This may be kind of a dumb question. I have little experience in programming and no experience in game programming. I've only done simple "if, then" programming and simple circuit board chip programming. I do have experience with graphics software similar to 3DS Max. I was wondering what makes programming a game so difficult. All I want to create is a game world the size of a room with earth like physics such as gravity. More of a physics simulator than a true game. Would that be very difficult?

From what I've read it sounds like it would be difficult but I don't know why. I know the physics and have the graphics and rendering experience. Why is it supposed to be so difficult? Is C++ just really hard to learn or am I missing something. I'm curious because I'm considering learning C++ but don't know if it's worth it.

  • \$\begingroup\$ Welcome to Gamedev.SE. [This is not a forum;](Stack Overflow is not a Discussion Board) your question is not appropriate for this site. It is too open-ended and "discussiony". \$\endgroup\$ Commented May 6, 2012 at 5:36
  • 2
    \$\begingroup\$ This is like asking a heart surgeon how hard it could be to do open-heart surgery, because you've played Operation and it seemed pretty easy. \$\endgroup\$
    – you786
    Commented May 6, 2012 at 6:05
  • \$\begingroup\$ I strongly recommend doing 2D physics first. The physics you learn on your physics class can't directly be applied, the basic principles can, yes, but you need to tweak your formulas a bit. Anyhow, you'll gain knowledge and XP by doing that, which is always good. I suggest you try HTML5. \$\endgroup\$
    – jcora
    Commented May 6, 2012 at 9:26

2 Answers 2


It's difficult because creating the physics simulation is hardly any of the actual work. You also have to make sure it performs reasonably well, for example. Right now, I have an N-body physics simulation (roughly). Do you know how much code that takes up? About 1-200 lines of it deals with the physics. Do you know how much code I need to make it all happen? I think I'm up to 6-7k now and rising. There are so many things that you require to actually make it usable that don't occur to you when you're looking at the end product. Stuff like an octree so you can frustum cull objects. Classes for dealing with various meshes and effects. Classes for dealing with user input; for dealing with memory; for abstracting over the operating system; classes to render the user interface.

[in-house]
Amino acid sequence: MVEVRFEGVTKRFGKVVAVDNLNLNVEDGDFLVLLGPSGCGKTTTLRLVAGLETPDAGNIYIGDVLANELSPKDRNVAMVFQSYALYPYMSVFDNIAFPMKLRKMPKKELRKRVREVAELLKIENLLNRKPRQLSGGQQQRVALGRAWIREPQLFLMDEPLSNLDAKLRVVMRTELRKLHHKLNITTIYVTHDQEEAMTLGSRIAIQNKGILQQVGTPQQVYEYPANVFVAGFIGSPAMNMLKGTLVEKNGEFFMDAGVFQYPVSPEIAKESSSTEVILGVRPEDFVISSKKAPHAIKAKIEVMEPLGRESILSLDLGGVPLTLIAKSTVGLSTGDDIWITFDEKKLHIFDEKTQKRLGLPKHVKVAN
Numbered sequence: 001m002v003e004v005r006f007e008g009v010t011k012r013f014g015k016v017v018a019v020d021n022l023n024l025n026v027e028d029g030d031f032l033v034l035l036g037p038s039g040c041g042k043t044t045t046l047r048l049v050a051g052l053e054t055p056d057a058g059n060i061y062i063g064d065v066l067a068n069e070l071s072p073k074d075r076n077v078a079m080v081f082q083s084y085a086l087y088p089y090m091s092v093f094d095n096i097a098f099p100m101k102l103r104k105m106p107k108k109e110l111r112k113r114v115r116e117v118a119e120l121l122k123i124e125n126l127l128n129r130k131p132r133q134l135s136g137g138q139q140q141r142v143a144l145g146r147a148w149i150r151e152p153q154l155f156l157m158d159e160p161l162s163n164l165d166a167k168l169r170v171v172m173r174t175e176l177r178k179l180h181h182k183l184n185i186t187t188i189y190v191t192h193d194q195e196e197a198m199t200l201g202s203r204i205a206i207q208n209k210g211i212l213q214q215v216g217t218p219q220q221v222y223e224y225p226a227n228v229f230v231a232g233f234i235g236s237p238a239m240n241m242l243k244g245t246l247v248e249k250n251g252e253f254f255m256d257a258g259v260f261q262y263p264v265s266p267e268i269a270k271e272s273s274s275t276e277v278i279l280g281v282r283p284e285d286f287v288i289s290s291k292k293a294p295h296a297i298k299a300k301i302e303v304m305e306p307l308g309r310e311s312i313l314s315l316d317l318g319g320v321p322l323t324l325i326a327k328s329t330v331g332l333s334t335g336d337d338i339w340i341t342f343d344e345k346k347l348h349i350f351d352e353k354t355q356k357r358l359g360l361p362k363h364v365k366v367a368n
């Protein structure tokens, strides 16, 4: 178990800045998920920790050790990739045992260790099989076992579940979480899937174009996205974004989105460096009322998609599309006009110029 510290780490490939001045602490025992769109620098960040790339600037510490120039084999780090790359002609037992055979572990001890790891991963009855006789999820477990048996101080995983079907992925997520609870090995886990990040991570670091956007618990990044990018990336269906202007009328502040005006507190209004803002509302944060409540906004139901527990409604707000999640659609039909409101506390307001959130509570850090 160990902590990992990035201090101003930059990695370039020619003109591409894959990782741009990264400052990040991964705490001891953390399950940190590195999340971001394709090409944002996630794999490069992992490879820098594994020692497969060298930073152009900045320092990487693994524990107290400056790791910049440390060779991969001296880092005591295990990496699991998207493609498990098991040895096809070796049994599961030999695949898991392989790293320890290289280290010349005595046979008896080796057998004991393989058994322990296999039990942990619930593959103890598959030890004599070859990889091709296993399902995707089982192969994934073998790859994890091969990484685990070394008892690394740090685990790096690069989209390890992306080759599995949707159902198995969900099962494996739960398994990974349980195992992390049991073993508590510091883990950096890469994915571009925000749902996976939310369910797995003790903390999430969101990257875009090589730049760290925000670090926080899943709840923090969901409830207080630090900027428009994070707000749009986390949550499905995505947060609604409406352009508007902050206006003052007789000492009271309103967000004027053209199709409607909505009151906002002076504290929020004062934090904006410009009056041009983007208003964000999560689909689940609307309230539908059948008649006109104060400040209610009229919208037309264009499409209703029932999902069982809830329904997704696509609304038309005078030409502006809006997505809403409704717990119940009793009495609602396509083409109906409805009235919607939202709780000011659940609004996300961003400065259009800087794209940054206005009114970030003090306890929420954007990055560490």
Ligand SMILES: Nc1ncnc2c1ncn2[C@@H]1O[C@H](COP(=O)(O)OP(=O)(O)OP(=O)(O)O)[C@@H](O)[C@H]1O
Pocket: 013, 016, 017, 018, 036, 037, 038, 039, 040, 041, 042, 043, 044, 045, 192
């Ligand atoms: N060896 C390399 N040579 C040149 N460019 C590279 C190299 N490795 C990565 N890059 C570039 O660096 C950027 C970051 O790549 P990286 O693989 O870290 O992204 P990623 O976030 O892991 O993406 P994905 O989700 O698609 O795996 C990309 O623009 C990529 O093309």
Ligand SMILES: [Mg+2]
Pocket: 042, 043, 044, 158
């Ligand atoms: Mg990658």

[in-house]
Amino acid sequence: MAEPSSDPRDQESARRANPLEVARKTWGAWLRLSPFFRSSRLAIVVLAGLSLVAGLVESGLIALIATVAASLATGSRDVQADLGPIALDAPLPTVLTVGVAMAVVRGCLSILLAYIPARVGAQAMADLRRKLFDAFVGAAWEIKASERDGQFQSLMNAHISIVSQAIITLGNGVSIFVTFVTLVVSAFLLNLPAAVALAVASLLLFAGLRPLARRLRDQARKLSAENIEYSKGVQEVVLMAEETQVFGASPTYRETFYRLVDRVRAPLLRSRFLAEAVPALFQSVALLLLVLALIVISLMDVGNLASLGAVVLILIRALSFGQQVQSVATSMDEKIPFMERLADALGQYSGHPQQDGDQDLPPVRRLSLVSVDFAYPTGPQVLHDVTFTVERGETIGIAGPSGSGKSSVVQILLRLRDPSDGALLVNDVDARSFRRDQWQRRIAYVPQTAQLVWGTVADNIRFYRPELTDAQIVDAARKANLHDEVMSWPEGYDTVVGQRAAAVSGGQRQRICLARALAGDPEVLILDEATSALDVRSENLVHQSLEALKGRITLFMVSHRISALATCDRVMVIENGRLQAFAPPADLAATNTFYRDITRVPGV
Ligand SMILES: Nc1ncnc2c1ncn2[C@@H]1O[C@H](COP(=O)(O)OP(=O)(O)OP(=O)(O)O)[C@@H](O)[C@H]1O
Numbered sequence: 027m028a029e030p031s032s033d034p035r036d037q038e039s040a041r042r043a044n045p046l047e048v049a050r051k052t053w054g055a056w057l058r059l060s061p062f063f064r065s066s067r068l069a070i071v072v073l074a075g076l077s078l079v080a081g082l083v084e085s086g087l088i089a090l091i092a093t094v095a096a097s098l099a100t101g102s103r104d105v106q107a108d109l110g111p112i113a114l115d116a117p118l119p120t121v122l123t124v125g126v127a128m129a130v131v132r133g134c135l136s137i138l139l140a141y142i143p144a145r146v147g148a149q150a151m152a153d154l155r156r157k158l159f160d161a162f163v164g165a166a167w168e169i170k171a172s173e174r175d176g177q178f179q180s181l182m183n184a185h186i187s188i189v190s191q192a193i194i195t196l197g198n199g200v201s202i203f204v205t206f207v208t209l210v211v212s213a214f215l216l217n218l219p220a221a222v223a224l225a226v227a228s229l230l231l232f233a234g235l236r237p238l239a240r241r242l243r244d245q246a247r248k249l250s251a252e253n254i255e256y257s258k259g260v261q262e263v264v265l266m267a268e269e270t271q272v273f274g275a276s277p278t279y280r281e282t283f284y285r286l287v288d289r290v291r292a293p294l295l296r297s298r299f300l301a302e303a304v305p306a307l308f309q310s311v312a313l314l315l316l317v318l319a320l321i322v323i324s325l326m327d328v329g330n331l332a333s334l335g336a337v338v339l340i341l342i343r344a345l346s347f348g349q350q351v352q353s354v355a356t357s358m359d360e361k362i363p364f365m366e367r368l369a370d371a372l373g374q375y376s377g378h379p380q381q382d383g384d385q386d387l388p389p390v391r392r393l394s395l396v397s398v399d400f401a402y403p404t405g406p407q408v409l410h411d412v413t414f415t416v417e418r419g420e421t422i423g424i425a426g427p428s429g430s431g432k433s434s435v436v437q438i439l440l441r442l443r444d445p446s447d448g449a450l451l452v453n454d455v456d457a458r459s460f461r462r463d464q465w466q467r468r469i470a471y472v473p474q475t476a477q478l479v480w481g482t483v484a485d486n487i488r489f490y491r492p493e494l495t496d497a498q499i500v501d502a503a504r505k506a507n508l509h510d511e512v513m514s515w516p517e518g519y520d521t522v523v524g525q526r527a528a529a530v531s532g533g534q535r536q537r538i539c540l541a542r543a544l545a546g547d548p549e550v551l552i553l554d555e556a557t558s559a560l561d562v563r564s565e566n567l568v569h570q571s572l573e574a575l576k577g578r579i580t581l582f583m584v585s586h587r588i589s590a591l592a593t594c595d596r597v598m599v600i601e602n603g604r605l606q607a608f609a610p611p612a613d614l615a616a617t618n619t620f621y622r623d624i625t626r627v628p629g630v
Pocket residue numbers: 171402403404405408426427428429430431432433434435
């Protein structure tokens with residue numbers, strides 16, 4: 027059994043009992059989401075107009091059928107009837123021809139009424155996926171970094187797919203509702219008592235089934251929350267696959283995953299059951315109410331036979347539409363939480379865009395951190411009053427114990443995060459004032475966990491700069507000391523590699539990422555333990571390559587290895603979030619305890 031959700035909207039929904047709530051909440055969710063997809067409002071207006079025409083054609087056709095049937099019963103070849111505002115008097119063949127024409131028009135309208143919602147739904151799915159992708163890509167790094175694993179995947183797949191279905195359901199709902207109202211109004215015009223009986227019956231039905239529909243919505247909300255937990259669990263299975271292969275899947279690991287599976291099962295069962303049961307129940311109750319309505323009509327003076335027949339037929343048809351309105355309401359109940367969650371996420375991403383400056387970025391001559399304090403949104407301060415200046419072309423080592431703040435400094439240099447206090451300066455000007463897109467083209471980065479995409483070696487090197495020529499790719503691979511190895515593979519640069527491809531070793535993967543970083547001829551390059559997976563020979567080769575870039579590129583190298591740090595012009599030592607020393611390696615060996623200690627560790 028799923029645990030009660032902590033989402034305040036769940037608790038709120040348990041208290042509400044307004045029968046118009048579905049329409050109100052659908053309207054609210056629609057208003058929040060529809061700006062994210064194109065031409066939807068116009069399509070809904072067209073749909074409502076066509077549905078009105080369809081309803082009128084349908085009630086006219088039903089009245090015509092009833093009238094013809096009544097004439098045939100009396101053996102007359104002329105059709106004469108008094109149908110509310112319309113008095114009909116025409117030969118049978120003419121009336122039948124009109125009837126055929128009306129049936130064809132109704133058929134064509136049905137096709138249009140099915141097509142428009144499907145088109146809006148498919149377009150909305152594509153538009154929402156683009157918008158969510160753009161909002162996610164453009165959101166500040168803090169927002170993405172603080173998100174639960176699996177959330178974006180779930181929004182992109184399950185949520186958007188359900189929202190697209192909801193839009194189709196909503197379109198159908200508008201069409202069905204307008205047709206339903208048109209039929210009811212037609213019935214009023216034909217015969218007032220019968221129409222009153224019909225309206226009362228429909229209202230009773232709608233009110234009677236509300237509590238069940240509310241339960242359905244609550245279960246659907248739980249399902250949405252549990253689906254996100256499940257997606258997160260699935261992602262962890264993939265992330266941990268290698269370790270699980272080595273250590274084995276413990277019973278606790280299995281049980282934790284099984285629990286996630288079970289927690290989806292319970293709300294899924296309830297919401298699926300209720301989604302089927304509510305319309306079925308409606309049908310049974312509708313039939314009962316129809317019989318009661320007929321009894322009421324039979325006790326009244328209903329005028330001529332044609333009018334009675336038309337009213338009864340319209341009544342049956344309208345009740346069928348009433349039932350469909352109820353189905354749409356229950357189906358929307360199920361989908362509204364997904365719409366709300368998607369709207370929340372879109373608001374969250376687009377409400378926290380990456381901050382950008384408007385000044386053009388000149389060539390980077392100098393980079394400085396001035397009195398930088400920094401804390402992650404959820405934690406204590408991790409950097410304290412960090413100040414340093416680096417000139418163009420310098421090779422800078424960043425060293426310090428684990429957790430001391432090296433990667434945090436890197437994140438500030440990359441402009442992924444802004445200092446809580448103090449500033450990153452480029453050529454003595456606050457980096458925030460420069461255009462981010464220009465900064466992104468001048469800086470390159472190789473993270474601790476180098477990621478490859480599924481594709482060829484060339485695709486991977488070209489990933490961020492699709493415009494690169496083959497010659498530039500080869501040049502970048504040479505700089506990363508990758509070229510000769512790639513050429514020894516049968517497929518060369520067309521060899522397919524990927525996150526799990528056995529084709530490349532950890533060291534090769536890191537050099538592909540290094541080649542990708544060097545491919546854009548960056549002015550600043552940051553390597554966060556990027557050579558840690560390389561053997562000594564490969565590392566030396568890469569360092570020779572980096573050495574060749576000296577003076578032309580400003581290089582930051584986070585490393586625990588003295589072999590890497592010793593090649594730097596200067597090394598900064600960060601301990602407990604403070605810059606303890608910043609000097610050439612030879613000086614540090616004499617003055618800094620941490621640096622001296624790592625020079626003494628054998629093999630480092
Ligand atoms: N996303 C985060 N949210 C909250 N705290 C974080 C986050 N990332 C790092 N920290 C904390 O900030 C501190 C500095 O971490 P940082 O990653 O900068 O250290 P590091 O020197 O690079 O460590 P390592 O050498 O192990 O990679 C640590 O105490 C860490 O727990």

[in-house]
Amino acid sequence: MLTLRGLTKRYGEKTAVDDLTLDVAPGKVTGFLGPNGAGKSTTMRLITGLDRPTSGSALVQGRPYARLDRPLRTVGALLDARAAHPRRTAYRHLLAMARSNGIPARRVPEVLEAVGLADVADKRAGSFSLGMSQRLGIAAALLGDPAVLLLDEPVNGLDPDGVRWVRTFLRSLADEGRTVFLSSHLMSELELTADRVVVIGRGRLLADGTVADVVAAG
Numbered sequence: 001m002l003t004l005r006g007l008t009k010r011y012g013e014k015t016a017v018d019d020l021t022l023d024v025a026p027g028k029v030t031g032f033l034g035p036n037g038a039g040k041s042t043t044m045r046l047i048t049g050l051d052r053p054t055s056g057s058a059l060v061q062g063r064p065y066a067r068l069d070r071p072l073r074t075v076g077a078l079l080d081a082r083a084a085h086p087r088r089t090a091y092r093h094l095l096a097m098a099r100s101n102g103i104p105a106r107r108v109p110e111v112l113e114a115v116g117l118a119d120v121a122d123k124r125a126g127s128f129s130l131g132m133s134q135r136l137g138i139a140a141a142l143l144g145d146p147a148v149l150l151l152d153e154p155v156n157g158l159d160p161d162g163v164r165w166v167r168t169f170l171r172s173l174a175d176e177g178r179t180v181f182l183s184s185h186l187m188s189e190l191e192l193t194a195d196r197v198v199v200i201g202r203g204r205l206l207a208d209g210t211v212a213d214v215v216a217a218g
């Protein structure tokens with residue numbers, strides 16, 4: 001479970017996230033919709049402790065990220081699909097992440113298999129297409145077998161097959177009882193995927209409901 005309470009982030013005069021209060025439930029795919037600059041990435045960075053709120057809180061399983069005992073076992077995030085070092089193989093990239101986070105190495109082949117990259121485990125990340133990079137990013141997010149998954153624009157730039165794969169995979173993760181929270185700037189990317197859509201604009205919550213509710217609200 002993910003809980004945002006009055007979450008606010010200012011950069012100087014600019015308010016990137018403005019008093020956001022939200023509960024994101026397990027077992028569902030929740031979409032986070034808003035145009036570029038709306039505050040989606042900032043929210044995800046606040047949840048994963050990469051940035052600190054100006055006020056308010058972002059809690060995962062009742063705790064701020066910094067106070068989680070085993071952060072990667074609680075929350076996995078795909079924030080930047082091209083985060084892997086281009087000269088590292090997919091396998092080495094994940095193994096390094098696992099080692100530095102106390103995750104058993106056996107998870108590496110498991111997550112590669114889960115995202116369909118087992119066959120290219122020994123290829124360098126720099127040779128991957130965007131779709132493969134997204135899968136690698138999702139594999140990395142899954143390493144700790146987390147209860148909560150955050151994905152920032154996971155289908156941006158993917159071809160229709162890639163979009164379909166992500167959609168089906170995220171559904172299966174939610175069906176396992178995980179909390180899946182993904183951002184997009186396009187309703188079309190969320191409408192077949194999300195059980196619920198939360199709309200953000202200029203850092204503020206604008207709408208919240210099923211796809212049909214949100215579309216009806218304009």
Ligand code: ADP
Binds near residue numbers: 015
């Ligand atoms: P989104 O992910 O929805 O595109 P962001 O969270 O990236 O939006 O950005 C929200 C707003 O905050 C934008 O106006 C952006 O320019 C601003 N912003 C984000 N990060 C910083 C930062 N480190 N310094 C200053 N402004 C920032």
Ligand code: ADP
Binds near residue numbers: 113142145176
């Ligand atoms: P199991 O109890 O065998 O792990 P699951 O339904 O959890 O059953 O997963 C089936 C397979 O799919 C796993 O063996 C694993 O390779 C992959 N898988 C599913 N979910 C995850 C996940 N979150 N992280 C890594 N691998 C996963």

It's like looking at a house and saying "How hard can it be? All you do is stick a brick on top of another brick". There's plumbing, wiring, decorating, it has to be very carefully measured and specified and designed, etc.


Programming a game isn't all that difficult, but programming a game does require you to be very meticulous and games are often elaborate in their logic.

What you're building a simulation, not a game. Simulations are pretty simple, assuming that you've got a good grip on what you're simulating, and I think that you should be able to pick up enough C++ to build what you describe. You could even use Java or C#.

When people talk about the difficulty of making a game the discussion is almost always related to either the sheer amount of details that need to be taken care of or building the logic to handle what the design calls for.

Middleware and engines have become popular because they take care of some of those details for you (Unreal, Unity, etc...), plus have tools to help build the logic in some cases.

So to answer your questions: Games are considered to be difficult because they do a lot under the hood and since you have a handle on basic programming with if/else and loops and knowledge of your subject learning C++ will be easier for you and probably a good thing if you want to continue beyond just one room.


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